Objectives.—This study sought to examine the treatment of children with migraine headaches in a prospective sample of children referred to a tertiary center for headaches.
Background.—Despite the wide diffusion of guidelines for headache management in children, their application in general practice is far from optimal.
Methods.—This prospective study analyzed previous headache treatment by general practitioners in 151 consecutive children (F/M: 0.82; mean age 10.4 ± 3.2 years) referred for migraines to the Lille University Hospital Neuropediatric department between October 1, 2003, and November 30, 2005. The physician completed a questionnaire according to the parents' responses to questions about previous advice about life-style adjustments (diet, exercise, and sleep hygiene) and abortive and prophylactic treatment. Questions about abortive treatment covered ergot derivatives, triptans, and 3 aspects of ibuprofen use—appropriate dose (ie, more than 7.5 mg/kg), recommendation to administer the drug early in attacks, and warnings about drug abuse. Under the topic of prophylactic treatment, we asked about information from general practitioners about preventive therapy and advice to keep a headache diary.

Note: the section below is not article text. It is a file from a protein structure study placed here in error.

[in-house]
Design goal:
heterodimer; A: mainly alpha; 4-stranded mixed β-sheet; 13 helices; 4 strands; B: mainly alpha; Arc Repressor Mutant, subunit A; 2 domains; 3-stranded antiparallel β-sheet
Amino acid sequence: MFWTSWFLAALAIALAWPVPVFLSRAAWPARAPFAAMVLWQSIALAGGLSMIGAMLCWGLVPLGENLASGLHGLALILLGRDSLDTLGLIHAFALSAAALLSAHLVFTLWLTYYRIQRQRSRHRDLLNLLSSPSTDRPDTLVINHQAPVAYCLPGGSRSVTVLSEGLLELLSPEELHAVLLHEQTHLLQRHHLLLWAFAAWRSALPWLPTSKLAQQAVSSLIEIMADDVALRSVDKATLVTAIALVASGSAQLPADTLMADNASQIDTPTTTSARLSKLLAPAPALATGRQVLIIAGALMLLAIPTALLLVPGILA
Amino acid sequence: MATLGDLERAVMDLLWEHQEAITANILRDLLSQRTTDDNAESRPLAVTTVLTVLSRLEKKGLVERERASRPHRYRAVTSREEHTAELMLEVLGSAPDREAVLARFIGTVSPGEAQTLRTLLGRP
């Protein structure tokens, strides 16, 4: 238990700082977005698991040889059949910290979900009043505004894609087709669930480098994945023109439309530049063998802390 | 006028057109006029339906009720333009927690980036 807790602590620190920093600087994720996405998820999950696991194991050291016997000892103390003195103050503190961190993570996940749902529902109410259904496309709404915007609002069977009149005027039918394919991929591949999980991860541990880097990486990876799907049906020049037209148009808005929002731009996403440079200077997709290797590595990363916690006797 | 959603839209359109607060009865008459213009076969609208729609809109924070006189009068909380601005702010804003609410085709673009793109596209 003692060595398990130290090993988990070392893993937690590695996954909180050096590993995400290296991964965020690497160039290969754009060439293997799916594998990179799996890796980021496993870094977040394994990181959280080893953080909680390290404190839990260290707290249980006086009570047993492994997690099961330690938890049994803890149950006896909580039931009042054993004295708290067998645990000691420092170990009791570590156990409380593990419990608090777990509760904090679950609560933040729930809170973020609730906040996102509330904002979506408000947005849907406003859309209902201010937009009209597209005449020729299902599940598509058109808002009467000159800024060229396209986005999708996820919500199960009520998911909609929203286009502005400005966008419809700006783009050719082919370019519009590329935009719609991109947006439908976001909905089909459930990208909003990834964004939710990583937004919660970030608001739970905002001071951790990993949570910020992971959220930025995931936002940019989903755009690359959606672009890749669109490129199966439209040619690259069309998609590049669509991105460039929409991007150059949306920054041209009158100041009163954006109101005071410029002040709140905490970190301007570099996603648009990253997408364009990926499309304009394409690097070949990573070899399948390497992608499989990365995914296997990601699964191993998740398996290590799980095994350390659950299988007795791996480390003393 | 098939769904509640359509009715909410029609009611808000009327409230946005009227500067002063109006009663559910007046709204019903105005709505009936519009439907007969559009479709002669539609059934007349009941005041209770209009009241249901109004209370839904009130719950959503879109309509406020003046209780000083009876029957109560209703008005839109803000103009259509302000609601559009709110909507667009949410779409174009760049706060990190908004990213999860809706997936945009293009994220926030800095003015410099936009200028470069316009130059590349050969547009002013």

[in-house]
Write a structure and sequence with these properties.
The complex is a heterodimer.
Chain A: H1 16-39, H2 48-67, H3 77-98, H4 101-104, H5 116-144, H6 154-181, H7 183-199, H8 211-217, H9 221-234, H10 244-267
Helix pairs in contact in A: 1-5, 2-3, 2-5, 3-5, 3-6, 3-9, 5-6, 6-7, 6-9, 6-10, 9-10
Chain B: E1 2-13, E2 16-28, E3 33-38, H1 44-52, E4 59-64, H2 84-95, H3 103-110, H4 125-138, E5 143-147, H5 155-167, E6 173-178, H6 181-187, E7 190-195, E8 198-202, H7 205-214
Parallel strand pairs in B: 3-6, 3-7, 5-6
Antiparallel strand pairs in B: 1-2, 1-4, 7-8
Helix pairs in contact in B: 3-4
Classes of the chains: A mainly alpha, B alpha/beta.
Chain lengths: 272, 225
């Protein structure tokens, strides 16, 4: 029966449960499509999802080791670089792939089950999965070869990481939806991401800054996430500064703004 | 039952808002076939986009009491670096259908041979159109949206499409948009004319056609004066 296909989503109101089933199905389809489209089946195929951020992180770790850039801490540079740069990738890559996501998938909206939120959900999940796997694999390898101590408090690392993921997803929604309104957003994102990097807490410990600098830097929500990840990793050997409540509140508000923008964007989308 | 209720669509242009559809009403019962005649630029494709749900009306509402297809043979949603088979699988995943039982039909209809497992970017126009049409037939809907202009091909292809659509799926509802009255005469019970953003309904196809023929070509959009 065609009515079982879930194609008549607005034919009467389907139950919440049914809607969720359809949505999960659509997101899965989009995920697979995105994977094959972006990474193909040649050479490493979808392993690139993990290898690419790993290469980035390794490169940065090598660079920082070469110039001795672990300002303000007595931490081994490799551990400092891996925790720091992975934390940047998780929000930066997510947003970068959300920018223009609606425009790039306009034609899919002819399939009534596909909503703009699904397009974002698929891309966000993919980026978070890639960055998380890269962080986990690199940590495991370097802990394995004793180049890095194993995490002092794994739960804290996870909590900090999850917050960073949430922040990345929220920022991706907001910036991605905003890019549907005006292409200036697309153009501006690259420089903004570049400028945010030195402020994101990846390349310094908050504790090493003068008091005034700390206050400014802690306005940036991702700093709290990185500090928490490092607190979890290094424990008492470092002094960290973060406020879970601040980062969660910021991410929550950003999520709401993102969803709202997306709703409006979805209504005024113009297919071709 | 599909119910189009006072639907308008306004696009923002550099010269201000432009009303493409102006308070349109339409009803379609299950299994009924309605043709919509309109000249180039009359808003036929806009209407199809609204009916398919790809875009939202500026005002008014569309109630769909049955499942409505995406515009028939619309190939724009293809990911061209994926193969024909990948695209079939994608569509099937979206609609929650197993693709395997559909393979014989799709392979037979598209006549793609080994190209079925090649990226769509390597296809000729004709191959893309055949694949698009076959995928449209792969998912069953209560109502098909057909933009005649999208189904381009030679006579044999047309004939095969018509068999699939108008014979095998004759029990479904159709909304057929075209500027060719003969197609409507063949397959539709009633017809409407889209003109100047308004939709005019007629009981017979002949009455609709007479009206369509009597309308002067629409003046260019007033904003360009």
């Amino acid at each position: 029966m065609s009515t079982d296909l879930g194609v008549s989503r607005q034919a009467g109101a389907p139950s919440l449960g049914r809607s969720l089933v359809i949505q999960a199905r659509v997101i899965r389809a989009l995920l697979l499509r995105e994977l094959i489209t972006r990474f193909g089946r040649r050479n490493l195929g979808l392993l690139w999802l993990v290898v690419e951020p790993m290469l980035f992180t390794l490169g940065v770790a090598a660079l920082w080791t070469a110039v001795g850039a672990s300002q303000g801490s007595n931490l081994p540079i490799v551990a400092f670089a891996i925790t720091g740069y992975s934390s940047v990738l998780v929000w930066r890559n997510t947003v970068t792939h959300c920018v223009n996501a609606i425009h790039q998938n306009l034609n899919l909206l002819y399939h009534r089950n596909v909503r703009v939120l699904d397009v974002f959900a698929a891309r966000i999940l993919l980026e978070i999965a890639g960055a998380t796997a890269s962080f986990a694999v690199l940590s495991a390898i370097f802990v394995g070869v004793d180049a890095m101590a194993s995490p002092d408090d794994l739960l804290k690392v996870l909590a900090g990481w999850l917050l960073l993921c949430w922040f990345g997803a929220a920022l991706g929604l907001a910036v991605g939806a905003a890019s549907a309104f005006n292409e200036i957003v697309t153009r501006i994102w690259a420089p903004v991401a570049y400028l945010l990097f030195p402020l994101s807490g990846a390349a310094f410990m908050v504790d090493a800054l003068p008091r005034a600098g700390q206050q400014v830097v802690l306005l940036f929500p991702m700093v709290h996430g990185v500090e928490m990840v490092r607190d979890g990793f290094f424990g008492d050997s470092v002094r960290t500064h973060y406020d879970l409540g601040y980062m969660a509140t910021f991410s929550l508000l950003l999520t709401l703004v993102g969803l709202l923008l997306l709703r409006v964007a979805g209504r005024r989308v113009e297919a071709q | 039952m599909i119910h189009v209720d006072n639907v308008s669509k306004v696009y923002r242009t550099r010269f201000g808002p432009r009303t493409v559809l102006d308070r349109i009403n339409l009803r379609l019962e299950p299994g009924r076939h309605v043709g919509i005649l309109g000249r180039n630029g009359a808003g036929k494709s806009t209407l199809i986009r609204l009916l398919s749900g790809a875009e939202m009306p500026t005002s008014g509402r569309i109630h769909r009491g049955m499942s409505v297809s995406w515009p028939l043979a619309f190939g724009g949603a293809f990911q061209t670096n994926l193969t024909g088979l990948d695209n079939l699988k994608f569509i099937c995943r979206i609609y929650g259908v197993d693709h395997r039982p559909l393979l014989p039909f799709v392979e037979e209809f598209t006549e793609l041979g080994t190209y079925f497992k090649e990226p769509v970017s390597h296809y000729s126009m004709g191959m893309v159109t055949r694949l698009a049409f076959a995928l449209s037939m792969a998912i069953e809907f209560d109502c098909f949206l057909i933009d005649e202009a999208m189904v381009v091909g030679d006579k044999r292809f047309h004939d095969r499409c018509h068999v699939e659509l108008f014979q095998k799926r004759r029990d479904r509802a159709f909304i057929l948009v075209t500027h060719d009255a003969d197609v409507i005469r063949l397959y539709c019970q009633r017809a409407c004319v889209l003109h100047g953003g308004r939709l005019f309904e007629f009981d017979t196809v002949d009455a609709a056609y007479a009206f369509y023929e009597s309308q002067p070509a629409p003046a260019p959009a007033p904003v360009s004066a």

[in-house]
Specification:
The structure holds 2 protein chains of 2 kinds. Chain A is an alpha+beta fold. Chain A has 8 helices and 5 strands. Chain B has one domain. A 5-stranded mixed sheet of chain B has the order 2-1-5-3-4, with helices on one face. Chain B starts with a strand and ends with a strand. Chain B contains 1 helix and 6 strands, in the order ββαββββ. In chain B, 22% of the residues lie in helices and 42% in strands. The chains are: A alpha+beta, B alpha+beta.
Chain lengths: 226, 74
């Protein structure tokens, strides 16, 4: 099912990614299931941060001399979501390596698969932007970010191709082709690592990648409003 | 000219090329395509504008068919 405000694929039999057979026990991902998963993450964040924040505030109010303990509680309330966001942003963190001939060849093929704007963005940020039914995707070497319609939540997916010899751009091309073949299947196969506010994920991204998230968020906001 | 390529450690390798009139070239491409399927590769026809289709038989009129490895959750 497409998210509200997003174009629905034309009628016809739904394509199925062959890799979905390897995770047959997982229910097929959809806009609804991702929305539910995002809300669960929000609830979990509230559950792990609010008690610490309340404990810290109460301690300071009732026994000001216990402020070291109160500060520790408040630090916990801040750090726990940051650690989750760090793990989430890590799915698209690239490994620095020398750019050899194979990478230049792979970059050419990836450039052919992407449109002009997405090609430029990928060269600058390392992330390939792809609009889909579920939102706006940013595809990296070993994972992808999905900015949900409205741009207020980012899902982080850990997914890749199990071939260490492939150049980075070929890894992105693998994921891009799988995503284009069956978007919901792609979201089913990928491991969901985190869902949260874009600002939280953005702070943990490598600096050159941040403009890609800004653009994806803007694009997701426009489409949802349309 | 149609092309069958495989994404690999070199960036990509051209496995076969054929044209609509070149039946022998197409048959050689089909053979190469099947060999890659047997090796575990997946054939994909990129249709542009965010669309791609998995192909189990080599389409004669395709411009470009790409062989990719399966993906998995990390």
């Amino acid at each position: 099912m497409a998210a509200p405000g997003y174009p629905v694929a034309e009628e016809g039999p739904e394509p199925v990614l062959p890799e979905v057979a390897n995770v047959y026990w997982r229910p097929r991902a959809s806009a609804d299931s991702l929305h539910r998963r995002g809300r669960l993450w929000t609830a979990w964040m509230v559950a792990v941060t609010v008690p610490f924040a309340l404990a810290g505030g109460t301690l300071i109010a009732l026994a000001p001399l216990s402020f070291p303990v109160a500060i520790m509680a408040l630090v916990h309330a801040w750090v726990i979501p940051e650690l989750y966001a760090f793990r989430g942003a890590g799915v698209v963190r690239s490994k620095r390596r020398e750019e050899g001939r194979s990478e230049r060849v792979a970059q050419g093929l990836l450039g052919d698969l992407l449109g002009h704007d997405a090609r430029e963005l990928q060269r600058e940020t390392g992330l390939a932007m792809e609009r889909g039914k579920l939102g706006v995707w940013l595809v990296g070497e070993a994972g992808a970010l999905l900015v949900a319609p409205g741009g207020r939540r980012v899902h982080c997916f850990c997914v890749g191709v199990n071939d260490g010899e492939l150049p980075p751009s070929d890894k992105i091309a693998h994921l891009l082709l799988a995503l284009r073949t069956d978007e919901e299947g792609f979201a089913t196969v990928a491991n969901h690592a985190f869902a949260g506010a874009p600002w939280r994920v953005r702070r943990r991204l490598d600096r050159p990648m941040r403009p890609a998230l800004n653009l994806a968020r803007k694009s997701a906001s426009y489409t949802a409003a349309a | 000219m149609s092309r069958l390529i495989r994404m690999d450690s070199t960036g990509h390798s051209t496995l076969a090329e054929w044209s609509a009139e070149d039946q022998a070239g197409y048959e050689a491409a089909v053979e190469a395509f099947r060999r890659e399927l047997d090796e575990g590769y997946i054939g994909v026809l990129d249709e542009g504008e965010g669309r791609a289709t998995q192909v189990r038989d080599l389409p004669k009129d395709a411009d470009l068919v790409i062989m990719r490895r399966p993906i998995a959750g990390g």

Results.—Fewer than 15% of patients had received advice about life-style adjustments. Only 30.3% had received ibuprofen at a correct dose (more than 7.5 mg/kg); only 26.5% were told to use it early during the headache; and only 9.1% were warned about drug abuse. Ergot derivatives were prescribed to 4.6% of children and triptans to 9.1%. Families of 17.9% reported that the general practitioners gave them information about prophylactic treatment. Only 8.0% were advised to keep a headache diary.
Conclusion.—This study shows the need to increase the role and the involvement of family doctors in the management of primary headache in children in general, and of pediatric migraine in particular.